Robert Stanfield was often described as the best prime minister Canada never had. He was a great premier (Nova Scotia), became leader of the federal Progressive Conservative party, but had the ill fortune to appear on the national stage at the same time as Liberal Pierre Trudeau, to whom he lost three general elections in the late 1960s and early 1970s.
Lougheed, who died last week at 84, was also a great Tory premier (Alberta). Earlier this year, a panel of eminent Canadians, assembled by the Institute for Research on Public Policy (IRPP), a Montreal-based think tank, voted Lougheed Canada’s best premier of the past 40 years, ahead of Ontario’s Bill Davis and Saskatchewan’s Allan Blakeney, among others.
Unlike Stanfield, Lougheed resisted pressure – considerable pressure – to go federal. Although he stayed in provincial politics, he became a powerful and respected figure in national affairs.
I first encountered Lougheed in September 1967 during the federal Conservative leadership convention in Maple Leaf Gardens, the convention that chose Stanfield to replace John Diefenbaker. The convention was buzzing about Lougheed, the young new leader from the west, whose Tories had breached the Social Credit fortress of Alberta, having elected six MPPs in the provincial election a few months earlier.
Confession time. I cannot recall a single word Lougheed said when he addressed the crowd in Maple Leaf Gardens. But I do remember being impressed; here, clearly, was a bright new star, a politician to watch in the future. And I remember how dazzled the delegates were by him, his energy, and whatever it was he said to them so articulately that day.
When federal Tories talked about leadership in the years to come, the name of Lougheed inevitably sprang to their lips.
He had opportunities to go federal. The door swung wide open in 1976 when the Conservatives chose a successor to Stanfield. The leadership that year was won by another Albertan, Joe Clark, who came from third place, behind Claude Wagner and Brian Mulroney, to victory on the fourth ballot.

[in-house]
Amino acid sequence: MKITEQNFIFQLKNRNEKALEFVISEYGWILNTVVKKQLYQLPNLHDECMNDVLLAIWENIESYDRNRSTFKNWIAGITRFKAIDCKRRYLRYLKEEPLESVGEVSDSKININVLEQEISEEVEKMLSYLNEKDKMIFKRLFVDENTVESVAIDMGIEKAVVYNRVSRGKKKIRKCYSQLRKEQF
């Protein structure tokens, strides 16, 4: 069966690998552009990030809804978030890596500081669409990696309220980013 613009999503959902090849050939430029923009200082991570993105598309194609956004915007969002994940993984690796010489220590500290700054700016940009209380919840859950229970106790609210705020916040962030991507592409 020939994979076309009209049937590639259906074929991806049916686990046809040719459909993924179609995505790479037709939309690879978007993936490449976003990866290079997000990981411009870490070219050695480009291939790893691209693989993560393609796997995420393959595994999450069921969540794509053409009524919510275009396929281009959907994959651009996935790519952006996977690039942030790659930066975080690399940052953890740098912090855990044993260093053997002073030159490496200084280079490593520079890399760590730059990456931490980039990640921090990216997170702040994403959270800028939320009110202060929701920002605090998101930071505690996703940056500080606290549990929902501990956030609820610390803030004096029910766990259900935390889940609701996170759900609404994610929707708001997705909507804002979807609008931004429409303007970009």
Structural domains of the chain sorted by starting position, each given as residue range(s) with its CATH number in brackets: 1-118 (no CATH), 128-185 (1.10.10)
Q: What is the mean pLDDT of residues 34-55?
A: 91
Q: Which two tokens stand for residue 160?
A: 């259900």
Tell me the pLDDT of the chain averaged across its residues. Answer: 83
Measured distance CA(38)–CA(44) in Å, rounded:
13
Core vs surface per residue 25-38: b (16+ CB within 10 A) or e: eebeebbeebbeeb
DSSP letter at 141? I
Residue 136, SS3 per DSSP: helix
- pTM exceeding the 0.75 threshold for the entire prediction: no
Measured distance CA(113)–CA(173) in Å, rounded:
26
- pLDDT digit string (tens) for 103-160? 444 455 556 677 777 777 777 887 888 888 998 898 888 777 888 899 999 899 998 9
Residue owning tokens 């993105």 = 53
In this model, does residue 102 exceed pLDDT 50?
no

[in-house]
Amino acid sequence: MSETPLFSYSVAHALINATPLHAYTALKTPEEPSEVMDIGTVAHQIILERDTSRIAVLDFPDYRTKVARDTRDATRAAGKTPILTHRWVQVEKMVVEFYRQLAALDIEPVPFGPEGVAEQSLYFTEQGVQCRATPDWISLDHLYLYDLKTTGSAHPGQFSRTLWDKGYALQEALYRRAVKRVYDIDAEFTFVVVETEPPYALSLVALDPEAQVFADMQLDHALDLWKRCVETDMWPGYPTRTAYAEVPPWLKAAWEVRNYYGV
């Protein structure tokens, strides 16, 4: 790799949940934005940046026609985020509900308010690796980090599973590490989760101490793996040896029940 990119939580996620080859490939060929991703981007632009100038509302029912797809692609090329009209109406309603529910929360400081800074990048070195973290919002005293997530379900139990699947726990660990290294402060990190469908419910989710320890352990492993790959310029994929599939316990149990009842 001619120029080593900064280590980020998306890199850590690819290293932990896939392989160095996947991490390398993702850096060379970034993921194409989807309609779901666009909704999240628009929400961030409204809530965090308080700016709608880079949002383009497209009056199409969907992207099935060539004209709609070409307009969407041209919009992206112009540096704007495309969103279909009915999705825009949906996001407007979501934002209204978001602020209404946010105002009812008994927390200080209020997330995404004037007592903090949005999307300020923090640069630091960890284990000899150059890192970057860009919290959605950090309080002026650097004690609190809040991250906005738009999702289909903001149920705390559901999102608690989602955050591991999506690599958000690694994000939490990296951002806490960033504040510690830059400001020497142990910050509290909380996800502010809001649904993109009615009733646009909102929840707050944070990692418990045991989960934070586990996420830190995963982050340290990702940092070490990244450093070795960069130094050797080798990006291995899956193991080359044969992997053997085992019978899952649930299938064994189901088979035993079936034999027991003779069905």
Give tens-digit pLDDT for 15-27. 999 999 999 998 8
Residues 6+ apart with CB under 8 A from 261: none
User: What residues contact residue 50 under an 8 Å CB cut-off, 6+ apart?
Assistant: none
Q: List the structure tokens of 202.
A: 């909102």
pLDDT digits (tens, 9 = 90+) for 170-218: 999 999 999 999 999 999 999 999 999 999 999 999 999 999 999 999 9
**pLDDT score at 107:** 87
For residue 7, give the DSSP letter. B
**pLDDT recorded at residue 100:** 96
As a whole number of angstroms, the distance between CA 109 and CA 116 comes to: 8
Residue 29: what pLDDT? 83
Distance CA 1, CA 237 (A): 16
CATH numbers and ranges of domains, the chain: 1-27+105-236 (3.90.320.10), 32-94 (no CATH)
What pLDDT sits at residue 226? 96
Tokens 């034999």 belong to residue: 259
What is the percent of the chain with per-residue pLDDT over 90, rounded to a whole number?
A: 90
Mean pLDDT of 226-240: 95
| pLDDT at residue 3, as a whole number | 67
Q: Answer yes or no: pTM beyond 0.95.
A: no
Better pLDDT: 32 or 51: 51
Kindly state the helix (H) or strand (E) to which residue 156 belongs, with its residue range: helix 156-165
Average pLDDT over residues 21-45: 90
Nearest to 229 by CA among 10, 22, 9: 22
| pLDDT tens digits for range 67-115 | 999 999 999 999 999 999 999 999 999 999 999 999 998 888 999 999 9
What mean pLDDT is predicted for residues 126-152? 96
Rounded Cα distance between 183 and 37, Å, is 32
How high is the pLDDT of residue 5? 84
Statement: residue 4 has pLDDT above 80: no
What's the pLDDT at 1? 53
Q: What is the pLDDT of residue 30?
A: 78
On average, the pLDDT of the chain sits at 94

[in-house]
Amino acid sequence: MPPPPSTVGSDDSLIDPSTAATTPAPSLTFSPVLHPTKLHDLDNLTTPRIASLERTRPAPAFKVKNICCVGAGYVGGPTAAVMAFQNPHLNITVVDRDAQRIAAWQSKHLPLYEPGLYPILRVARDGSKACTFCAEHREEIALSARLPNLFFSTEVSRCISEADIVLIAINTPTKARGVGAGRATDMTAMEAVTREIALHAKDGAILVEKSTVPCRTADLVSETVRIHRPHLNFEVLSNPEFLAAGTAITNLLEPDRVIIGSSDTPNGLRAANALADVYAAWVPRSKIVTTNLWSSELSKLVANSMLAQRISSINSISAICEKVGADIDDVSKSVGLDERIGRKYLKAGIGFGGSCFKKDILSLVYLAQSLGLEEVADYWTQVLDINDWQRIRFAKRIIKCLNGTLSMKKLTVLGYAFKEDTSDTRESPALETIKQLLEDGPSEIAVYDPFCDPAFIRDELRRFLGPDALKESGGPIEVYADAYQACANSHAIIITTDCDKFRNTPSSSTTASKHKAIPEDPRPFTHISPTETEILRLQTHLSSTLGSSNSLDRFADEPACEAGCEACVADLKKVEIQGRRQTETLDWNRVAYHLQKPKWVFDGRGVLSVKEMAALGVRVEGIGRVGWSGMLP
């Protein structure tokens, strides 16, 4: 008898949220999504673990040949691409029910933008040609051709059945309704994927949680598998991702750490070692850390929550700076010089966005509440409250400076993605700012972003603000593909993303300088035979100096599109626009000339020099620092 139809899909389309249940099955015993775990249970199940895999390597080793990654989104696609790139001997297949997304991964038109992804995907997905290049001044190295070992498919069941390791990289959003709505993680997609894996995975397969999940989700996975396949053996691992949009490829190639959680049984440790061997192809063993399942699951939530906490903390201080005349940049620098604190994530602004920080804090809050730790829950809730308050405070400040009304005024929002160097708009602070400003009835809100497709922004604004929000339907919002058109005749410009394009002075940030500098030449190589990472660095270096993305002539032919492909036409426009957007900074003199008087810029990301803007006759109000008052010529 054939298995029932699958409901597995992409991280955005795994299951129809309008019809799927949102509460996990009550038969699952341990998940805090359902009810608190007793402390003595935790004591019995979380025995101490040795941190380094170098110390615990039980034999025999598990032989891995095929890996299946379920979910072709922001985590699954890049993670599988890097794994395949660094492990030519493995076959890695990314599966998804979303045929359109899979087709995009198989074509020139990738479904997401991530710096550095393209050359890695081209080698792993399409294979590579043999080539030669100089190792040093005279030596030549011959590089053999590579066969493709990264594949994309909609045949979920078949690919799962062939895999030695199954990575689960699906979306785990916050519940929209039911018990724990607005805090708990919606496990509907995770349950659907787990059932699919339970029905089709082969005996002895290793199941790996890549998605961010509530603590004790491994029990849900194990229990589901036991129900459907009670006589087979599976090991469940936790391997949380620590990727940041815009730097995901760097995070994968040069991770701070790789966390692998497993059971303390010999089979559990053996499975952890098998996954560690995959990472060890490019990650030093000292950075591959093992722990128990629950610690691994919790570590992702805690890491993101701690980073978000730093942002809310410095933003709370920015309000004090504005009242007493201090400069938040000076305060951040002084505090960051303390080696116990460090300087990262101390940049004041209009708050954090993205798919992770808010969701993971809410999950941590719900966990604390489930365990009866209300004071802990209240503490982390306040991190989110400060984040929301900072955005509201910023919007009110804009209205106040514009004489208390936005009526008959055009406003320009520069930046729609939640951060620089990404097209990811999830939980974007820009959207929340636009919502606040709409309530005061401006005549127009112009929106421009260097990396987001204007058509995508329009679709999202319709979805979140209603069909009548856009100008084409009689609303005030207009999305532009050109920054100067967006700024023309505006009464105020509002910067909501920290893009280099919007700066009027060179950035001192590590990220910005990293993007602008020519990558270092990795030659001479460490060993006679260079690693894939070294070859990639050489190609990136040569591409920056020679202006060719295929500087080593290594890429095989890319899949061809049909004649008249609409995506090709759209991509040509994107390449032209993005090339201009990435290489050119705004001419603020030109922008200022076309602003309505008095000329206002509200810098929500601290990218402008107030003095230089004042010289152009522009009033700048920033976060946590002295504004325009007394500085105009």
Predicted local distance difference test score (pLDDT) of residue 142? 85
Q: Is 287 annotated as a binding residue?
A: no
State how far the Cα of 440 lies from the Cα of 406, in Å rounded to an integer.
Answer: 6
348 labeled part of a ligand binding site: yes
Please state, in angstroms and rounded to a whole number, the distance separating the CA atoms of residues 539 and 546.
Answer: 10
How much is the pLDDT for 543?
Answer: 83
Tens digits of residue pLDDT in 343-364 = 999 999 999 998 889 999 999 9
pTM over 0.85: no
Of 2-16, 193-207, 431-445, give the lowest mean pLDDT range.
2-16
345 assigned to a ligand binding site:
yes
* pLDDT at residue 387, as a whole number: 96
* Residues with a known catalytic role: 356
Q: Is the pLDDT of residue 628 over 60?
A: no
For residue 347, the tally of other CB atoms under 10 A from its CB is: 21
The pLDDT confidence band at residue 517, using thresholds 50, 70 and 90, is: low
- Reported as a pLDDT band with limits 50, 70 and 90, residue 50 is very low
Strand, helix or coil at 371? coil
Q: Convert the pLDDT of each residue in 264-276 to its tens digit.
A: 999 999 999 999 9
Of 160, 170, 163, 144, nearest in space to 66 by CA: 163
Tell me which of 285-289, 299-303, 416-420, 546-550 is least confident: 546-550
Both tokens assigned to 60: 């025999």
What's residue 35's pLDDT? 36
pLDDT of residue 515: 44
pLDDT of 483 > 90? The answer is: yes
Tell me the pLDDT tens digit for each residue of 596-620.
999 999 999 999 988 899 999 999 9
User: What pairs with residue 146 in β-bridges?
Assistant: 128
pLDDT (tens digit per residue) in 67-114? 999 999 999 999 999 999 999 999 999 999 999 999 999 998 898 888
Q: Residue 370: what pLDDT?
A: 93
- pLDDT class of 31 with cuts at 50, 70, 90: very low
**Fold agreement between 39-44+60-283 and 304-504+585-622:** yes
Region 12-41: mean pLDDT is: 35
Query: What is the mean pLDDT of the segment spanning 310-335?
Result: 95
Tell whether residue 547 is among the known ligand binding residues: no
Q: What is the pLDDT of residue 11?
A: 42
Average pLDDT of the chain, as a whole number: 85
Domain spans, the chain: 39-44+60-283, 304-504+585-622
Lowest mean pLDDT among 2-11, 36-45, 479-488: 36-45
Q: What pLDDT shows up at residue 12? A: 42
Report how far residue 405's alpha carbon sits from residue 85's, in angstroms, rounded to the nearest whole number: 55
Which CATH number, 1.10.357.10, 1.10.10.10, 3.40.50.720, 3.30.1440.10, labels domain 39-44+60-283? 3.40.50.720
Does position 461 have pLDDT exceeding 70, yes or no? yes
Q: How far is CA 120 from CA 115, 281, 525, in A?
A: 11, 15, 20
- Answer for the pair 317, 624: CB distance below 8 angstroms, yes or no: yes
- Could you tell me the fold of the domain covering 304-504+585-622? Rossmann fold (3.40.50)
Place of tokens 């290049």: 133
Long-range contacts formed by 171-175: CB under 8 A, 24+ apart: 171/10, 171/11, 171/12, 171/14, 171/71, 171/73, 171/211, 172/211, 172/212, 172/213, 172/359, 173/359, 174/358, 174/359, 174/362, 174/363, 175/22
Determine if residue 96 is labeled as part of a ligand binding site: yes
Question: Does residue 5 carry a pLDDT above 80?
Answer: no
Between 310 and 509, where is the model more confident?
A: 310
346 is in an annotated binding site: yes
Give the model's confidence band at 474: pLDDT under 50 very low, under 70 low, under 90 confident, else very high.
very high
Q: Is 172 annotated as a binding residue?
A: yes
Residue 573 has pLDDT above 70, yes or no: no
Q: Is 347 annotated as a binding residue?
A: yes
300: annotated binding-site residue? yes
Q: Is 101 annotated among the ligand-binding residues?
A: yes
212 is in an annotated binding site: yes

Clark, then a backbench Tory MP, would not have contested the leadership if Lougheed, by that time Alberta’s premier, had wanted the job. As it was, Clark won the next federal election, in 1979, albeit with a minority. With Lougheed as leader, the Conservatives would have almost certainly have elected a majority government.
The history of the 1980s would have been different. Surely, there would have been no national energy policy if Lougheed had been prime minister instead of Trudeau. But would the Constitution have been patriated? Would there be a Charter of Rights and Freedoms? With Lougheed in 24 Sussex, would Brian Mulroney ever have become Conservative leader and prime minister?
The “what-might-have-beens” of history make for fascinating speculation, but the “what-actually-happeneds” are interesting, too. Having taken his Alberta Tories from zero seats in 1965, when he became leader, to six in 1967, Lougheed went on to win a majority government in 1971, ending 36 years of unbroken Socred rule in the province.
With shrewd policies, careful management of abundant resources, fortuitous timing (and a certain amount of luck), he presided over Alberta’s transformation from a rural economy, a have-not province, into an economic powerhouse. He might not have been able to accomplish this feat in another province, but in Alberta he could. His admirers called him “Mr. Alberta.” His detractors in central Canada called him the “blue-eyed sheik.”
He was one of the few premiers smart enough, tough enough and brave enough to stand up to Trudeau at federal-provincial meetings.
When he retired in 1985, his Conservatives had been in office for 14 years. But his legacy – a strong Alberta in a united Canada – continues. The Tories are still in power. Having broken the Social Credit record for longevity, they have established one of their own: 41 years, and counting.eHw
Loughheed made a mark on his province and country. His mark is made in indelible ink.
Cambridge resident Geoffrey Stevens, an author and former Ottawa columnist and managing editor of the Globe and Mail, teaches political science at Wilfrid Laurier University and the University of Guelph. He welcomes comments at firstname.lastname@example.org